A robust growth outlook in the residential sector has paved the way for a stronger property industry confidence in New South Wales, but issues surrounding planning reforms, taxes, and fees still remain, according to the latest ANZ/Property Council Survey.

Over the past six months, the property industry reported a stronger outlook than during the first half of 2019, which was affected by the political uncertainty and changes in the banking sector.

According to the study, the improved residential market outlook and the major investment into the economy through large infrastructure projects have contributed to the appeal of the state as a property hotspot.

"The growth of some confidence in the residential market is a positive sign for the state economy, and with better growth expectations across this sector and better availability of finance for housing, we hope to see continued growth in confidence," said Jane Fitzgerald, Property Council executive director for NSW.

Fitzgerald said the recent announcement of the state government regarding planning reforms will remain a major concern this year.

"Planning reform and the impact of the existing regime of property fees, taxes and charges across local and state government are still critical issues for the property industry," she said.

Interestingly, of all indexes included in the study, the state government performance is the only one to report a decline in confidence for the quarter. The overall confidence in the state government remained neutral.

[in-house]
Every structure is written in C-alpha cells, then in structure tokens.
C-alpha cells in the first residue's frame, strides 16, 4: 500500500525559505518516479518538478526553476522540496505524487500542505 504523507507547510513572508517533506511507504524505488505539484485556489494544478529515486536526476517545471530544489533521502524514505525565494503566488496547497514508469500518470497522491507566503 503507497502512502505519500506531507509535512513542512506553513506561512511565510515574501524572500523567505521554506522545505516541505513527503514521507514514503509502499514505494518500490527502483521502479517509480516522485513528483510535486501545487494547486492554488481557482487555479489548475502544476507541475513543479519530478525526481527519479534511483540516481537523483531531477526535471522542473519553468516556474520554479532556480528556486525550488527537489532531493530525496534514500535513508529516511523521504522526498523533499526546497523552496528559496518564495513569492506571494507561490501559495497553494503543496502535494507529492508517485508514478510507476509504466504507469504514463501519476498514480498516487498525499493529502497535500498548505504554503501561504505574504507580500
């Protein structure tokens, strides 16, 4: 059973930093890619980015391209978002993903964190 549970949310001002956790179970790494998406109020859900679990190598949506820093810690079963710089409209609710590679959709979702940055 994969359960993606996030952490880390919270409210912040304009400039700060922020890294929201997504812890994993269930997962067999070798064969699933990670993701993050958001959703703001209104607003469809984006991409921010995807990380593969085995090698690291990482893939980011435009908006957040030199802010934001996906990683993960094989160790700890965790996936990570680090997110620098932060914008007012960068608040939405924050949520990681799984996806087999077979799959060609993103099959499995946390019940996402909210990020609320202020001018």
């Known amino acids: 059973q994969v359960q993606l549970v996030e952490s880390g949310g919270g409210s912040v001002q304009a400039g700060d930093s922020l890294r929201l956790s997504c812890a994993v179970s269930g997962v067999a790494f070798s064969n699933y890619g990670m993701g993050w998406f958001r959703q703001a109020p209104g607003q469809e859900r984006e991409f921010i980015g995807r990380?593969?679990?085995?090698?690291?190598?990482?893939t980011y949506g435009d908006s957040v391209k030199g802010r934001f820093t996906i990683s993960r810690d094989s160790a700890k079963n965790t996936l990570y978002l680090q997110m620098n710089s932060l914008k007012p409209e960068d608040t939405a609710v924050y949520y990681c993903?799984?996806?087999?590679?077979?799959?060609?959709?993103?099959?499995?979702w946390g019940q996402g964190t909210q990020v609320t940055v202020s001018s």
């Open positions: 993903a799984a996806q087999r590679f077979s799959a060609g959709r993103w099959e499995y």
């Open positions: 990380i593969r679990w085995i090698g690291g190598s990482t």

"We must continue to be vigilant — we need a better planning system that will provide greater certainty for the community and industry to enable our state to grow well, while supporting investment and better productivity, more jobs and more affordable housing," Fitzgerald said.

The weakening growth in house approvals is one of the major issues facing the state. While recent figures show a substantial monthly increase in building approvals in the state, the underlying trends are already worrying.

According to the Greater Sydney Commission, to reach the new housing target of 36,000 housing completions each year, over 60,000 approvals should be recorded. Over the past 12 months, however, the state only recorded 50,000 approvals.

Urban Taskforce CEO Tom Forrest said the planning system is to blame here.

"Developers have land ready to create thousands of new homes in Western, North Western and South Western Sydney as well as urban renewal opportunities. This is alarming news for the NSW Treasury. What is clear now is that this requires more than cosmetic change. Something needs to be done to clear the backlog and significantly reduce the timeframes for having development applications approved," he said.